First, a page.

Feds Pulled Someone Out Of A Movie For Wearing Google Glass

It wasn't the FBI involved, as originally reported elsewhere, but turned out to be the Department of Homeland Security.

Glass

Google

A report first appearing on The Gadgeteer sounded like a hoax: a reader told the site they'd been been approached by the Feds for wearing Google Glass in an Ohio movie theater (and had their property mishandled in the process). But, it looks like at least the basic facts check out: although the FBI didn't approach someone at the theater, as the person originally thought, the Department of Homeland Security apparently did. (Update: AMC commented. Looks like it was the DHS.)

An FBI spokesman in the bureau's Cincinnati office confirmed to Popular Science _that there was an incident at the Columbus theater over the weekend and that the Department of Homeland Security was "probably" _involved. (A spokesman for the DHS at first couldn't confirm the incident; a follow-up email hasn't been answered at time of writing.)

So, not a hoax. Which doesn't necessarily mean everything about the reader letter was 100 percent accurate, but if it is, whoo-boy, here we go:

Because I don’t want Glass to distract me during the movie, I turn them off (but since my prescription lenses are on the frame, I still wear them). About an hour into the movie (Jack Ryan: Shadow Recruit), a guy comes near my seat, shoves a badge that had some sort of a shield on it, yanks the Google Glass off my face and says “follow me outside immediately”. It was quite embarrassing and outside of the theater there were about 5-10 cops and mall cops. Since I didn’t catch his name in the dark of the theater, I asked to see his badge again and I asked what was the problem and I asked for my Glass back. The response was “you see all these cops you know we are legit, we are with the ‘federal service’ and you have been caught illegally taping the movie”. I was surprised by this and as I was obviously just having a nice Saturday evening night out with my wife and not taping anything whether legally or illegally, I tried to explain that this is a misunderstanding. I tried to explain that he’s holding rather expensive hardware that costed me $1500 for Google Glass and over $600 for the prescription glasses. The response was that I was searched and more stuff was taken away from me (specifically my personal phone, my work phone – both of which were turned off, and my wallet). After an embarrassing 20-30 minutes outside the movie theater, me and my wife were conducted into two separate rooms in the “management” office of Easton Mall, where the guy with the badge introduced himself again and showed me a different ID. His partner introduced herself too and showed me a similar looking badge. I was by that time, too flustered to remember their names (as a matter of fact, now, over 30 hours later I am still shaking when recounting the facts).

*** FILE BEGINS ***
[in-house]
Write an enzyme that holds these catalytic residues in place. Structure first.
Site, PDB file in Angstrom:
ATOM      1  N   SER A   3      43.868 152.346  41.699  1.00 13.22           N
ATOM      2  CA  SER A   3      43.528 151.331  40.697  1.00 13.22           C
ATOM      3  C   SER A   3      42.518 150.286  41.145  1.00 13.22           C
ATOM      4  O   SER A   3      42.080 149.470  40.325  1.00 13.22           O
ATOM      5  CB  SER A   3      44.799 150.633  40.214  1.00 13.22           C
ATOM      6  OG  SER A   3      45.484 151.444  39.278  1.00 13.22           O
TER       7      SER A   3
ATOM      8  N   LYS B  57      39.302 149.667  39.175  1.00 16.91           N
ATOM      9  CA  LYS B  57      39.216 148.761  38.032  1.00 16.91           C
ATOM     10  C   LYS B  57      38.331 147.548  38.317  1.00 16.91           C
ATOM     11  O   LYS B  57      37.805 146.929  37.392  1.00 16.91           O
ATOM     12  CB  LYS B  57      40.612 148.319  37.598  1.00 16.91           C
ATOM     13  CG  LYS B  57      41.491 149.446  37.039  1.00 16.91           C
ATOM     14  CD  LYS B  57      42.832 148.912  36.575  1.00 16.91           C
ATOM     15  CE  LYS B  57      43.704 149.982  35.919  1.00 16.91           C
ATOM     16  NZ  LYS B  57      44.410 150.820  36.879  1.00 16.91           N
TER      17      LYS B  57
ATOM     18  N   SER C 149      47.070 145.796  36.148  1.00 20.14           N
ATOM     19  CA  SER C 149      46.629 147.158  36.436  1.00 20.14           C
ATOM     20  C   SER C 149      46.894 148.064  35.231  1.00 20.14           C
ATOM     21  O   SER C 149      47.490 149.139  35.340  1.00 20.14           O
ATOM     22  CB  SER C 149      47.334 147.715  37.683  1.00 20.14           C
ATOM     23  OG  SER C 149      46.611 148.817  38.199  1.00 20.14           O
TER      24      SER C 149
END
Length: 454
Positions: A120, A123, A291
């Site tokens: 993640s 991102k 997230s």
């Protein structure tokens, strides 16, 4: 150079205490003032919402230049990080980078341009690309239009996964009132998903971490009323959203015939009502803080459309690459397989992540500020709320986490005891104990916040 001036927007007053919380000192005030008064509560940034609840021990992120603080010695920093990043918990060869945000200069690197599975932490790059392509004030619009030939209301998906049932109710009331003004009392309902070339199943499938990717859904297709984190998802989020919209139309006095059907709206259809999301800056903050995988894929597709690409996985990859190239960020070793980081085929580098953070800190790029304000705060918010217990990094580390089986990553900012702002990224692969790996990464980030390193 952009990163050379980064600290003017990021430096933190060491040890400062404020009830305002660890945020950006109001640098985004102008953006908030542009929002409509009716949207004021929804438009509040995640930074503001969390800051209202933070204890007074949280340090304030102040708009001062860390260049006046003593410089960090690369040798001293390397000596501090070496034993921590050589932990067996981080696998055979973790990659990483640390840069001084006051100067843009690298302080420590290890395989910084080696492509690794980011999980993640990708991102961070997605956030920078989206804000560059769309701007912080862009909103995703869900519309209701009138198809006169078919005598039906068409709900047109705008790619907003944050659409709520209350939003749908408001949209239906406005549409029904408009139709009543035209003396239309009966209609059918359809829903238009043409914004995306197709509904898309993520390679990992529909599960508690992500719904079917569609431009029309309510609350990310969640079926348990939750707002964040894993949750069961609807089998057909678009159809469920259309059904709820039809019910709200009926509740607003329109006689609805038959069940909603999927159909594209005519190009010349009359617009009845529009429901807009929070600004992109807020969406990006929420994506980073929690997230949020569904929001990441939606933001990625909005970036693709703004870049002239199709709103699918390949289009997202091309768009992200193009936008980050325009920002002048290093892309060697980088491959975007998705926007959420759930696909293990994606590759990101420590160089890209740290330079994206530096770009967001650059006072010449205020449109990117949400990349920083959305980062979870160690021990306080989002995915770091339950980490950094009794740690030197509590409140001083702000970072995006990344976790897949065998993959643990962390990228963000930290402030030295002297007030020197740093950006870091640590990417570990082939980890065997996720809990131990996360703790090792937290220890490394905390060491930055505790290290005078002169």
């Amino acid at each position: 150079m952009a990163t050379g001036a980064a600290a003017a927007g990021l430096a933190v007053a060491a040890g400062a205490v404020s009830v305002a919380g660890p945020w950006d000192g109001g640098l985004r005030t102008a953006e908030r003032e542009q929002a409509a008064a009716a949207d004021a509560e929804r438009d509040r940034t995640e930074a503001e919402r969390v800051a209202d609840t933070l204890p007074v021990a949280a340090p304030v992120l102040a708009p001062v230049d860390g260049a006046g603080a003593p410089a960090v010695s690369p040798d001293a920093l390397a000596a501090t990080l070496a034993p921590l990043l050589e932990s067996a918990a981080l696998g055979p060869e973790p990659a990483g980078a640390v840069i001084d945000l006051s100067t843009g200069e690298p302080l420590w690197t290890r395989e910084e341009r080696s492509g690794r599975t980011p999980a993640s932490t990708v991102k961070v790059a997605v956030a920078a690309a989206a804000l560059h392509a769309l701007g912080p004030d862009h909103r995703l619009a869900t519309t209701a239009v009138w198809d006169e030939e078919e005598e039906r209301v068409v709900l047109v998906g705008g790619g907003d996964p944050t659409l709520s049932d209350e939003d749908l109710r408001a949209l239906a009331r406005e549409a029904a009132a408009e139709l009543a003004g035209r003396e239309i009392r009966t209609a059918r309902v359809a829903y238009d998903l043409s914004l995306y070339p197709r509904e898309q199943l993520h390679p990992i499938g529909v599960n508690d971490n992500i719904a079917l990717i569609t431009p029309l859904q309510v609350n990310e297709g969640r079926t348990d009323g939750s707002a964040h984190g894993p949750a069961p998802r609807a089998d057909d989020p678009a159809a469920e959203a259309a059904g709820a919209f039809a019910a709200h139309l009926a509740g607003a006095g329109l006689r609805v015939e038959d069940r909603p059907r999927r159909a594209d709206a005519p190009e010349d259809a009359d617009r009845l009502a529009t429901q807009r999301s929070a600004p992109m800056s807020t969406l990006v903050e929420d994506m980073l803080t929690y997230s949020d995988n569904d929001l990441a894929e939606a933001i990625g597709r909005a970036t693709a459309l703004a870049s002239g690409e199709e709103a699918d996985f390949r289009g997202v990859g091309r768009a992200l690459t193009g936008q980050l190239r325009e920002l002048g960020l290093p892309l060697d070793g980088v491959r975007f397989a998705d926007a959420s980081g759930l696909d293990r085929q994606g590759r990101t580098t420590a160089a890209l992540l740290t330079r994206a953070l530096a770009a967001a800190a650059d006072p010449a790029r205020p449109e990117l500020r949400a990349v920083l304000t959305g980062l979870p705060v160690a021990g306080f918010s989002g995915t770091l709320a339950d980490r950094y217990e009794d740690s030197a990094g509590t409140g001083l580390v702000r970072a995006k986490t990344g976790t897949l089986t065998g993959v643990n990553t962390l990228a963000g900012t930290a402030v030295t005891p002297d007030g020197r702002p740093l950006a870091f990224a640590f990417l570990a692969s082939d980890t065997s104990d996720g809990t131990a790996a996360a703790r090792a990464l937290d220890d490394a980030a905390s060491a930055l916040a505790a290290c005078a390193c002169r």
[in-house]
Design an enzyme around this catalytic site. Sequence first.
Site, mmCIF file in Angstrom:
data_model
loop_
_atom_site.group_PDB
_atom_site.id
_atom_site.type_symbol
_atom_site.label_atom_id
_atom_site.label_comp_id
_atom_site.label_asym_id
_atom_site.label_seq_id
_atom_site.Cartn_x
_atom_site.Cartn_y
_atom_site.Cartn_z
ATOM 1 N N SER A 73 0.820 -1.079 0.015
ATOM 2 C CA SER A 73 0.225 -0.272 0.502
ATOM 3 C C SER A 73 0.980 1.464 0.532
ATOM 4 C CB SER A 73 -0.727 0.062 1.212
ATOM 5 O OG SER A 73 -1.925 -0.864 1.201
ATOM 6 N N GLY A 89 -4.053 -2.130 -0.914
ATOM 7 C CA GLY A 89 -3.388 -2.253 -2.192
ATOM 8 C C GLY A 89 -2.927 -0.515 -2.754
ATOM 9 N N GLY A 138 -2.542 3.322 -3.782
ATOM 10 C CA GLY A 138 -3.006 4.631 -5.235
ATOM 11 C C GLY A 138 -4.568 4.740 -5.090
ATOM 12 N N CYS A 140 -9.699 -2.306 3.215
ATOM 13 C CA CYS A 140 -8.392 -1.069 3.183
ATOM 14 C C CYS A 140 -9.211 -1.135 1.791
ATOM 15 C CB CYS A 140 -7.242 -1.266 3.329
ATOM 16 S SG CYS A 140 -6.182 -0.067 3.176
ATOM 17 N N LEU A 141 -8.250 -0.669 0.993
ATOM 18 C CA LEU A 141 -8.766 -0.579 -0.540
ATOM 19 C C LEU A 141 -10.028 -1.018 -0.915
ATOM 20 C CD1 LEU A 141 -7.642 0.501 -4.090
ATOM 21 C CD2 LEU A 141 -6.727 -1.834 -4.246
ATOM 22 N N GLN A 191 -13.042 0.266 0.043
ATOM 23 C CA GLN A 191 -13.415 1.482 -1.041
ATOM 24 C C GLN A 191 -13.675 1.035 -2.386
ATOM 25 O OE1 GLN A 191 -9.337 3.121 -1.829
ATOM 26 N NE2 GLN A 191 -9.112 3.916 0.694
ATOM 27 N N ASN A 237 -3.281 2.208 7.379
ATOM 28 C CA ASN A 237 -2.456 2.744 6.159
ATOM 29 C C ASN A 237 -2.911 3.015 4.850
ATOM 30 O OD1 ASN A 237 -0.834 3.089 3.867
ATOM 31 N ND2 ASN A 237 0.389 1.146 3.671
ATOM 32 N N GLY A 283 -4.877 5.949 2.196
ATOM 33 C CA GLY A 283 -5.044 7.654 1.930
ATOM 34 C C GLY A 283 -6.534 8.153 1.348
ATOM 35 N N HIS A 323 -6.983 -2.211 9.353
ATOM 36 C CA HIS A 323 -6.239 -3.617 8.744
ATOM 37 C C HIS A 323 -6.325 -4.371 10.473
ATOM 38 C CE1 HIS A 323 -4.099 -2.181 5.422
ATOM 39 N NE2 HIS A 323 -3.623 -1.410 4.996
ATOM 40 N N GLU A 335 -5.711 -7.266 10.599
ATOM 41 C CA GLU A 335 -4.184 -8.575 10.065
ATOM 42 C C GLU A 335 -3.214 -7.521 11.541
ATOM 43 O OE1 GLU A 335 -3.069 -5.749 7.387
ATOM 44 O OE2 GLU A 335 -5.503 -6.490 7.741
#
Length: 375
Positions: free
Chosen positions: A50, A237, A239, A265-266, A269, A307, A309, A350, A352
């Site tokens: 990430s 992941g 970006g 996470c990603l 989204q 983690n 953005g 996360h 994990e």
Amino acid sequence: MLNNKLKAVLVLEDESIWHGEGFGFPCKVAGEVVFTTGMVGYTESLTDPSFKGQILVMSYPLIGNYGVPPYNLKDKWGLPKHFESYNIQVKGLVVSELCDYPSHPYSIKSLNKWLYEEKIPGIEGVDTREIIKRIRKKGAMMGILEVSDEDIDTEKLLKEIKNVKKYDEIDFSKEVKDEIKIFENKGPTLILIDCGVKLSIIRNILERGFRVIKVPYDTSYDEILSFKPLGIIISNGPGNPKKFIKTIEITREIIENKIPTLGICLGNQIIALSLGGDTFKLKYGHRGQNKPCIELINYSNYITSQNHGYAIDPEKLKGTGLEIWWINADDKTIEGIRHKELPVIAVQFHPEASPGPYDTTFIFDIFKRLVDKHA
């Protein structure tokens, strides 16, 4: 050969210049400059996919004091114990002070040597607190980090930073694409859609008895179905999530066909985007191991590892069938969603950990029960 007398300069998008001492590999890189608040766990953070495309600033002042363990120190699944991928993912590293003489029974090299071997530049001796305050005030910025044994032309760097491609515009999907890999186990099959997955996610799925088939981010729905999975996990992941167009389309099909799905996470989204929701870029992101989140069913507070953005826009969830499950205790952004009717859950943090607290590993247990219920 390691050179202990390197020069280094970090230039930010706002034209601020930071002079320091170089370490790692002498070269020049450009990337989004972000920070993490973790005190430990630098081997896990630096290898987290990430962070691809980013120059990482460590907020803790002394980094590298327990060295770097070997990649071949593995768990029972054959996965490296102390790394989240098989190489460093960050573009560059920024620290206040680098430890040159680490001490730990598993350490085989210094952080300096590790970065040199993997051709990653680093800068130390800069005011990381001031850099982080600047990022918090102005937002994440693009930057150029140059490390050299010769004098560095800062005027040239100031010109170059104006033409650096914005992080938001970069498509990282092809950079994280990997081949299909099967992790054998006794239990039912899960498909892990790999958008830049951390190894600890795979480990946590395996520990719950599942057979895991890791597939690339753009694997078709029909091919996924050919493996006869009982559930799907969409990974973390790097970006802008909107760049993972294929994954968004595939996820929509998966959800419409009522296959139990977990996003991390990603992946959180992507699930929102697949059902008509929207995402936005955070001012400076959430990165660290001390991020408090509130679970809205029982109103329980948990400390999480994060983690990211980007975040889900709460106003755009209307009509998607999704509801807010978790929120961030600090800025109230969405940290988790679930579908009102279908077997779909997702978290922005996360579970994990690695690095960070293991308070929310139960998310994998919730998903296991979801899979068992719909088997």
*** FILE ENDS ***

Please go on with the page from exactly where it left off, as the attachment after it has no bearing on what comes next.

An interview over at phandroid.com makes it sound like a private investigator with the Motion Picture Association of America may have been in the theater, something the FBI spokesman pointed out to me was another possibility.

But should the person have been wearing Google Glass in the theater? Well, that's up for debate: the lenses were prescription, apparently, but it's also a pretty blantant recording device that you attach directly to your face. Either way, the reader letter makes the officers come off as clueless about technology, which doesn't inspire much confidence, either.

We'll update if we hear back from DHS. You can read the full letter here.